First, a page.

“The first employer comment that sparked my close attention came from a very senior executive, who said it was not a BP accident, but a fault by contractors. That was one of the first public corporate comments, and shows that BP had learnt very little in the last decade”, writes Australian safety technologist David Broadbent in his circular, named ‘Second on Safety’.
“My immediate comments are not printable, since Australians are known for occasional use of colloquial language. Readers of Transformationalsafety.com know my prior comments on BP’s failings, as determined by three independent investigations into the BP Texas City refinery disaster.
“Again, they company appears to have learnt very little. The first comments are about blame. The final factor in the long causal chain of disaster could be a behavioural factor among contractors, but these people function in a culture of the principal and host, in this case, BP.
“This company continues to focus too heavily on what they call ‘personal safety’. In the traditional safety world we may call that behavioural safety. What they appear to have missed are process safety factors.
“As principal employer they maintain core responsibility for process issues. I suspect this may be a case of a contractor operating very lean, to maximise shareholder value on both sides. You could almost be sure that BP would not have left much ‘fat’ in the contract price.
“Companies operating in high risk environments often attempt to bring into their operation some low risk safety tools, like BBS, at the exclusion of process safety. Lean processes as demonstrated in Japan, like Kaizen, 5S, JIT, and so on, are removing levels of safety redundancy from systems. Less redundancy invites the greater likelihood of disaster.
“The father of ‘lean’ is Toymoda Mas, and you may recognise the corporate name, Toyota. Note their problems around corrupt behaviour, with two sets of books, and their product safety issues with Prius and Corolla in the USA.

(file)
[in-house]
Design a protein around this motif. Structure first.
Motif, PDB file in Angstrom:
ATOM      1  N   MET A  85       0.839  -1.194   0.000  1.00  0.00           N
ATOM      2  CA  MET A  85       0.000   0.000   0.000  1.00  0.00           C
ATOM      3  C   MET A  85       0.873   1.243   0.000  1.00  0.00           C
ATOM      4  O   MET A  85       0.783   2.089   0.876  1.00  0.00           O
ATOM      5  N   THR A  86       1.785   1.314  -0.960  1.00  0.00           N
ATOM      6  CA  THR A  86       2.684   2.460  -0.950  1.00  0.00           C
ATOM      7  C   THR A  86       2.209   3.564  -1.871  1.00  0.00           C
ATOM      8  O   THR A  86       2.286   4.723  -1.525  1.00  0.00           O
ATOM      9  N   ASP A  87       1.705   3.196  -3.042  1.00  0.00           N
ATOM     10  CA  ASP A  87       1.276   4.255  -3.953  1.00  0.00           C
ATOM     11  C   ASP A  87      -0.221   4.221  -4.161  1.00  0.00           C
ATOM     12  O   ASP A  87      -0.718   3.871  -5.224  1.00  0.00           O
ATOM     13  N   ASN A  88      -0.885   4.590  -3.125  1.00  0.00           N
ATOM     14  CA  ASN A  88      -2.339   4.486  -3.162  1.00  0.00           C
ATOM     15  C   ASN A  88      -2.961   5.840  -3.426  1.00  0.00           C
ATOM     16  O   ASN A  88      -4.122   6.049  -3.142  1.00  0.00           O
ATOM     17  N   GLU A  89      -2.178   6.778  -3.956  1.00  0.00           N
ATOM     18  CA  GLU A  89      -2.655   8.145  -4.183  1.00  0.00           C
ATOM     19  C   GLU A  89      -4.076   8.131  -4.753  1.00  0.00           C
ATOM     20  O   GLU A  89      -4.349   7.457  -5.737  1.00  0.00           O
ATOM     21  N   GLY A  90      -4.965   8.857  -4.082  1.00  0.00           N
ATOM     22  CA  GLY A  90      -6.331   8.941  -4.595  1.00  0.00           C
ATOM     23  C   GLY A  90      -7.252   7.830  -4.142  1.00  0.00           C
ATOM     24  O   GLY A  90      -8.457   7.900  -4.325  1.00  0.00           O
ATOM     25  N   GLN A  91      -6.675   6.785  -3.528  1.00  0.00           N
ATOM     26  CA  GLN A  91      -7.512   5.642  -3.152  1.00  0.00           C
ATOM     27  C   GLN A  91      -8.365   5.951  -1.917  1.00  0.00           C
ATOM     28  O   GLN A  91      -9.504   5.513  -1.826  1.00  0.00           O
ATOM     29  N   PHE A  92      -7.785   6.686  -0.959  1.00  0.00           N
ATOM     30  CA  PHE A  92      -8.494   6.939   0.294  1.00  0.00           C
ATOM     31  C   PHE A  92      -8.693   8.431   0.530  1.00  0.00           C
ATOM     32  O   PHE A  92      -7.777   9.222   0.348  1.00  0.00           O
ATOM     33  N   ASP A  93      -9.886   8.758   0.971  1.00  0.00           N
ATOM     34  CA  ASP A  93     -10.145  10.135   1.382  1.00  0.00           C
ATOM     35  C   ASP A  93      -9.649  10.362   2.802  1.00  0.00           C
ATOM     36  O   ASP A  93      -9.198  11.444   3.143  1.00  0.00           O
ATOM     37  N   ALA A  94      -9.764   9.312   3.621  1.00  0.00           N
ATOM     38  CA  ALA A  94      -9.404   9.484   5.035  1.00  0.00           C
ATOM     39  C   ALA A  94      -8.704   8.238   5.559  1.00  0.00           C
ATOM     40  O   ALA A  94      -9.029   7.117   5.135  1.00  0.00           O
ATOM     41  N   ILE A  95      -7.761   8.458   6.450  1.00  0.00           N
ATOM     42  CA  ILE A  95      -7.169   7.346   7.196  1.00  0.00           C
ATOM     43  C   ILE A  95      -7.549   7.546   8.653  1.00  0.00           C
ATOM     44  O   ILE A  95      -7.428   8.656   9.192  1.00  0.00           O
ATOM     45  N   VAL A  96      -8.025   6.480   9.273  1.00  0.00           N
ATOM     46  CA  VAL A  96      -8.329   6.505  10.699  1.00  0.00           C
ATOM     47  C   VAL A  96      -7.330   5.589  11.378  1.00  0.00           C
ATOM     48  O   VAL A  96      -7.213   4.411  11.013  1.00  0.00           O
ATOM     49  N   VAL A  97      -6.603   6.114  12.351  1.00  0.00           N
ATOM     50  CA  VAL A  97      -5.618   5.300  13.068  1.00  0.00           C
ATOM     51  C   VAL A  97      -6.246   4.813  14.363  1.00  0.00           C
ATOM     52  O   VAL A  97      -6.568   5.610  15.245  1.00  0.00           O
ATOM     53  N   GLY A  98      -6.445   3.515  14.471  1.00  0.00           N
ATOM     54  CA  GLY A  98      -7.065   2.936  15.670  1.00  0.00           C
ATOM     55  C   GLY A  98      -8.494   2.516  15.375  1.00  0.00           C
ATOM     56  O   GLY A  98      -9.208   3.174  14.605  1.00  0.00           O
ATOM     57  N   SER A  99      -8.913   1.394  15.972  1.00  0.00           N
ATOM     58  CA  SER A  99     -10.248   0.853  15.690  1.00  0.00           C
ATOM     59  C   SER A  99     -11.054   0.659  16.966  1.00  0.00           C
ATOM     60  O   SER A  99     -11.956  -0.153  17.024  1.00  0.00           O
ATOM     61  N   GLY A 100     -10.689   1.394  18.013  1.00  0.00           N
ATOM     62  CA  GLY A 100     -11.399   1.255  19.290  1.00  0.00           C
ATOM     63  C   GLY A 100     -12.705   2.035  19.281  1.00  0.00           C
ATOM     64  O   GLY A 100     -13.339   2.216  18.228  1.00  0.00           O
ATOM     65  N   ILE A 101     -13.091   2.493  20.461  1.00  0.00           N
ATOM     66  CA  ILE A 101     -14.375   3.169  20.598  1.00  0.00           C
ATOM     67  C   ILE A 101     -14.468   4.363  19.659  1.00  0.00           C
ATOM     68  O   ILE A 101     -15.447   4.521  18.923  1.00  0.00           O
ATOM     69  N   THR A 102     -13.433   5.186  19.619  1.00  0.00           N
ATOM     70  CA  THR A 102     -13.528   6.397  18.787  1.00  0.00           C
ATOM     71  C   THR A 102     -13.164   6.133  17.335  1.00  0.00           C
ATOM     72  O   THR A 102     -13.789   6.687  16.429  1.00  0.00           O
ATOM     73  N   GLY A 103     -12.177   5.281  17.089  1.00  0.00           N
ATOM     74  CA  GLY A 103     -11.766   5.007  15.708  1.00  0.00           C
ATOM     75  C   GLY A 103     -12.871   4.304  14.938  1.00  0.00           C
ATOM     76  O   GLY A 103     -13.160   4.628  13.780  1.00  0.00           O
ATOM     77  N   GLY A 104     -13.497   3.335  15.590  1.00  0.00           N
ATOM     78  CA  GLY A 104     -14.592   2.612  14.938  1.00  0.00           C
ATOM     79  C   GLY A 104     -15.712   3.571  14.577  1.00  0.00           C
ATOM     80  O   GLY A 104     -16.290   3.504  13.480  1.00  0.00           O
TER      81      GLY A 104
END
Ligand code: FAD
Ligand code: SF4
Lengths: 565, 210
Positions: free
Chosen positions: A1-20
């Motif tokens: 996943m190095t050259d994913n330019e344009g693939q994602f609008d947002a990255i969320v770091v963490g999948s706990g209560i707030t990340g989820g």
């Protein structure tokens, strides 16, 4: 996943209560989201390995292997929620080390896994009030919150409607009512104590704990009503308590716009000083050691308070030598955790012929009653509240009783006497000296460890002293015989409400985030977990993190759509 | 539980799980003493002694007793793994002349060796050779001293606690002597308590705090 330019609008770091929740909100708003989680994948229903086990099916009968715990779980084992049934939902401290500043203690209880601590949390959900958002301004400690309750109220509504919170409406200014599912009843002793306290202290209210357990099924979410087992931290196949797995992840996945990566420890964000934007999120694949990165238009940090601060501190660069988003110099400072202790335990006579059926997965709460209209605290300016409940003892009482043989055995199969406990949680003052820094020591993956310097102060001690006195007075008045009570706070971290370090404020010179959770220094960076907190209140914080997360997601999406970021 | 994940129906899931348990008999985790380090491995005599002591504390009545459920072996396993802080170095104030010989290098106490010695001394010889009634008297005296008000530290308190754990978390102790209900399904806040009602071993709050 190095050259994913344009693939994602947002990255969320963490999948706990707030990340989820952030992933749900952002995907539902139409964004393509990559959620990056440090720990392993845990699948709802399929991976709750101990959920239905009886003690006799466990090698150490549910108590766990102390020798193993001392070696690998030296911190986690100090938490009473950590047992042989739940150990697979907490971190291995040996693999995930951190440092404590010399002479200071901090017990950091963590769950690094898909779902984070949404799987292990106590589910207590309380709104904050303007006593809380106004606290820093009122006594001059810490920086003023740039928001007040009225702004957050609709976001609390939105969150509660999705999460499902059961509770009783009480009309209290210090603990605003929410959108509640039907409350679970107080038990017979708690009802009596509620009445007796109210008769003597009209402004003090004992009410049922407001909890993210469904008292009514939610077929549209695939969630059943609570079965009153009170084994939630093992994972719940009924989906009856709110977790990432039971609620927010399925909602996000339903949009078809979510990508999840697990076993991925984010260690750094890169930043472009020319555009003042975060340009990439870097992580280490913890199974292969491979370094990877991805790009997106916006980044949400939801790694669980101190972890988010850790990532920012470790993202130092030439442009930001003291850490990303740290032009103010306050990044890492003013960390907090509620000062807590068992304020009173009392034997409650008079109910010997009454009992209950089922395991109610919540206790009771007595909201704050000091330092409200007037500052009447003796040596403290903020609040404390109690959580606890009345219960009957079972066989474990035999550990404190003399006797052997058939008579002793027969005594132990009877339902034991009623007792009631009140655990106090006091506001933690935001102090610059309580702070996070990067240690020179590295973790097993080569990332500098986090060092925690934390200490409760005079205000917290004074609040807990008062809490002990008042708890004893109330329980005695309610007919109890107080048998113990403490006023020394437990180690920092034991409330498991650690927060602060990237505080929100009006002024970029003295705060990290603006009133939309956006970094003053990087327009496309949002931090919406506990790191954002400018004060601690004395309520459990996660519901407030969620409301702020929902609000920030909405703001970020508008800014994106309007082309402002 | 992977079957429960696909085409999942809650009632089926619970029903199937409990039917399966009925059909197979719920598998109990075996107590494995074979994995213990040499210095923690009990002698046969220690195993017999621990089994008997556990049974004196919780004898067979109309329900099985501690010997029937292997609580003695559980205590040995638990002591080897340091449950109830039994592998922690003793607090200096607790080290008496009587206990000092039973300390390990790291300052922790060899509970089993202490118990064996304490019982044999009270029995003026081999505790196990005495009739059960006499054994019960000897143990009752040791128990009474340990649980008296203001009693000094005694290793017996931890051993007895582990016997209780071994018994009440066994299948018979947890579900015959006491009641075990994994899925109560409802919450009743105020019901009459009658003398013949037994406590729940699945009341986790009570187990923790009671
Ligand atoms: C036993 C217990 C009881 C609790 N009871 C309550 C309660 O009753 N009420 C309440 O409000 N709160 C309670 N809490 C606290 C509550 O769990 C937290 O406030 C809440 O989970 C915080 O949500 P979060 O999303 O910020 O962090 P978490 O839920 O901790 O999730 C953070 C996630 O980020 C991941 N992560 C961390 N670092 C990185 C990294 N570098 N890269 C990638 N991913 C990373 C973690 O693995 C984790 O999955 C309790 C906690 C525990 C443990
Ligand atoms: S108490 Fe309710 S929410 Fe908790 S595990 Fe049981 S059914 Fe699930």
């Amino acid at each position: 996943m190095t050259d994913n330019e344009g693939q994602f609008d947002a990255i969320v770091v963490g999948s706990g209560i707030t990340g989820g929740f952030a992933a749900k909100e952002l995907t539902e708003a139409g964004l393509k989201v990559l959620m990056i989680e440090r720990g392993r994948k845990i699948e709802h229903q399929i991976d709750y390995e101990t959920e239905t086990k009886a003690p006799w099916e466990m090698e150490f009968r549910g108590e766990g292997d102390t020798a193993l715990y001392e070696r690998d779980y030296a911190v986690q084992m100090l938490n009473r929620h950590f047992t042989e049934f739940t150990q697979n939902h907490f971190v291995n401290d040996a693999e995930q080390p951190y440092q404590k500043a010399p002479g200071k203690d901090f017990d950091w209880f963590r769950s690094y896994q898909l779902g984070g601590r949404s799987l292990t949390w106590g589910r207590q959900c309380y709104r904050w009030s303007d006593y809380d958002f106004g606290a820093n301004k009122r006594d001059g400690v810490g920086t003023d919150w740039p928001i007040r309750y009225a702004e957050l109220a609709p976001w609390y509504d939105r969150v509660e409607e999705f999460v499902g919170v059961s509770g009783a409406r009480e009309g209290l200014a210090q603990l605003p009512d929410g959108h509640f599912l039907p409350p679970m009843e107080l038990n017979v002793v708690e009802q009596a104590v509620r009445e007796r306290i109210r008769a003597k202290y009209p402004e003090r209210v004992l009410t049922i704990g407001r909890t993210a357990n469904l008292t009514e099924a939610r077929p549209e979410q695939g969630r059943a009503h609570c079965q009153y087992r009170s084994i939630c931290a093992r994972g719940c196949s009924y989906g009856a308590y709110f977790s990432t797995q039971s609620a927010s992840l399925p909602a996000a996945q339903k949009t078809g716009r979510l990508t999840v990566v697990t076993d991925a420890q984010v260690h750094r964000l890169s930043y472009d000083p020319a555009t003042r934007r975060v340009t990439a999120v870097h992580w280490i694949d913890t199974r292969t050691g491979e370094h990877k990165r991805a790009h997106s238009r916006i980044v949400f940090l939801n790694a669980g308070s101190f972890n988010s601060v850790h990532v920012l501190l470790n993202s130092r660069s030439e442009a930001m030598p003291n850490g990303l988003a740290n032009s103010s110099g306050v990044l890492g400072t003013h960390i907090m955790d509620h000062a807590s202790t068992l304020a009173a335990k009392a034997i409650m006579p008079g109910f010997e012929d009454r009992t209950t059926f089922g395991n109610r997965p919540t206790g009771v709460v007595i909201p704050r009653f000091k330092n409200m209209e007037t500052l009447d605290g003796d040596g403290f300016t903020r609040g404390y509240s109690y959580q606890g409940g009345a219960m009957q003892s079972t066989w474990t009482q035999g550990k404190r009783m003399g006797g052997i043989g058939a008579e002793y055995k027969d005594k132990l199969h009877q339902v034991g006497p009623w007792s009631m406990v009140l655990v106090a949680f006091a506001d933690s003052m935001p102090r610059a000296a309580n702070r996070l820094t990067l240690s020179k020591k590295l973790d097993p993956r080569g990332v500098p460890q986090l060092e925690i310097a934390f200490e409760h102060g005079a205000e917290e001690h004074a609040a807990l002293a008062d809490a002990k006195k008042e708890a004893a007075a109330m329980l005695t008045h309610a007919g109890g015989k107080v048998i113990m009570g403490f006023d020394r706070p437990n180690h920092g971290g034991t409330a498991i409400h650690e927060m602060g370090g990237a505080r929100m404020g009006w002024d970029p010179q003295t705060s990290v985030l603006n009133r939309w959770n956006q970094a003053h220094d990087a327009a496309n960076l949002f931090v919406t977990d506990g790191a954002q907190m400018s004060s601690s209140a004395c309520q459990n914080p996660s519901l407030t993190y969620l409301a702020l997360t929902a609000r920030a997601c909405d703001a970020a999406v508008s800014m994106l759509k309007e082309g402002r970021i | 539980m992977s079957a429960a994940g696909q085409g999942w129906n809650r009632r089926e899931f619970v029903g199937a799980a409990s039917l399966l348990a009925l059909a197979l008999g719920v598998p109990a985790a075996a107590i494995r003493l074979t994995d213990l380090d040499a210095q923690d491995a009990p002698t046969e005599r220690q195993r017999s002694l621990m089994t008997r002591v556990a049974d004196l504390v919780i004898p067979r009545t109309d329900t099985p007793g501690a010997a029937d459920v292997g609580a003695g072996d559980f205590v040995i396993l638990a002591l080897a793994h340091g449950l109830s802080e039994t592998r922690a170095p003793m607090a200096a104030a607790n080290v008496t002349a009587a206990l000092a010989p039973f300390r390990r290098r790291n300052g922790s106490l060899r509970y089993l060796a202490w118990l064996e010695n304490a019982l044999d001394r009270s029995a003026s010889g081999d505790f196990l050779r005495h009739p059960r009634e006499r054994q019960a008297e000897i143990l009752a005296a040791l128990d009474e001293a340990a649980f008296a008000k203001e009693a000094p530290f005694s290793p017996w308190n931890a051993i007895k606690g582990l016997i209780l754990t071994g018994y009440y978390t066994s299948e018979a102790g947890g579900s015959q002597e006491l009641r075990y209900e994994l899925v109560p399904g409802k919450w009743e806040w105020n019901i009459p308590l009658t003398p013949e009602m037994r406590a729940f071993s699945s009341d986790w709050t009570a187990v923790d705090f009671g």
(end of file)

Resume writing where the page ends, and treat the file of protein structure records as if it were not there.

Focus on awareness, not incidents
A group of senior BP executives were on the Horizon rig before the disaster, celebrating seven years of excellent safety performance. There is horrific irony in that. The absence of accidents and disasters is often the result of good luck as well as good management, as I have argued for years.
“Arrogant organisations make a big deal of safety results. Karl Weick, in his early work around Collective Mindfulness, and recent work of my respected colleague Andrew Hopkins, both excellent safety thinkers, would argue that we should maintain focus on likely system failure, and remain vigilant.
“Organisations focus much attention on lagging safety metrics, like LTIFR, MTIFR, TRIFR. These bear little, if any, relationship to real safety outcomes.
If there is a lesson here, it is to keep ‘celebrations’ low key, and use such gatherings to reinforce the participatory vigilance required at all levels of the organisation. If you celebrate anything, focus on leading indicators.
“If you do not know what tyour leading indicators are, hit Google, or send me an email. My heart goes out to families and friends of the deceased and injured in this disaster.
* David G Broadbent is an Australian safety technologist, and founder of TransformationalSafety.com